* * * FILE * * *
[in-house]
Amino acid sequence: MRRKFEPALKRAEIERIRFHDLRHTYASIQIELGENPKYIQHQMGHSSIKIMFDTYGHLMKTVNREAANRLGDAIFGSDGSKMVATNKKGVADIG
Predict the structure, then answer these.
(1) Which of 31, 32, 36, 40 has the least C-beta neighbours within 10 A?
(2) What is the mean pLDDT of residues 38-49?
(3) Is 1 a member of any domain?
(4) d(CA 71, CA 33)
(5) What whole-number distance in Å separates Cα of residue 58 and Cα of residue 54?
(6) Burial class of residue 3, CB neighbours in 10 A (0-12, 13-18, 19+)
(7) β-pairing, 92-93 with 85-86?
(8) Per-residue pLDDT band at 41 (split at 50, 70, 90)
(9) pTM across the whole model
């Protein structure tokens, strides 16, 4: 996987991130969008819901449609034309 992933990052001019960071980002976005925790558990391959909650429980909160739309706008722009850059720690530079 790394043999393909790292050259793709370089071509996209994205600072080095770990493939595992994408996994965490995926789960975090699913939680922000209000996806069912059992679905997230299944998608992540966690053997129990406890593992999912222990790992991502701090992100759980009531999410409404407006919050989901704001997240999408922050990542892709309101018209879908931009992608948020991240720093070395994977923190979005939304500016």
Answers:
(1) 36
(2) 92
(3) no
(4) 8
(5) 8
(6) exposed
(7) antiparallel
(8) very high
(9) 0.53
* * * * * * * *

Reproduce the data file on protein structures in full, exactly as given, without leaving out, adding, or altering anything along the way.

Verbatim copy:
[in-house]
Amino acid sequence: MRRKFEPALKRAEIERIRFHDLRHTYASIQIELGENPKYIQHQMGHSSIKIMFDTYGHLMKTVNREAANRLGDAIFGSDGSKMVATNKKGVADIG
Predict the structure, then answer these.
(1) Which of 31, 32, 36, 40 has the least C-beta neighbours within 10 A?
(2) What is the mean pLDDT of residues 38-49?
(3) Is 1 a member of any domain?
(4) d(CA 71, CA 33)
(5) What whole-number distance in Å separates Cα of residue 58 and Cα of residue 54?
(6) Burial class of residue 3, CB neighbours in 10 A (0-12, 13-18, 19+)
(7) β-pairing, 92-93 with 85-86?
(8) Per-residue pLDDT band at 41 (split at 50, 70, 90)
(9) pTM across the whole model
């Protein structure tokens, strides 16, 4: 996987991130969008819901449609034309 992933990052001019960071980002976005925790558990391959909650429980909160739309706008722009850059720690530079 790394043999393909790292050259793709370089071509996209994205600072080095770990493939595992994408996994965490995926789960975090699913939680922000209000996806069912059992679905997230299944998608992540966690053997129990406890593992999912222990790992991502701090992100759980009531999410409404407006919050989901704001997240999408922050990542892709309101018209879908931009992608948020991240720093070395994977923190979005939304500016």
Answers:
(1) 36
(2) 92
(3) no
(4) 8
(5) 8
(6) exposed
(7) antiparallel
(8) very high
(9) 0.53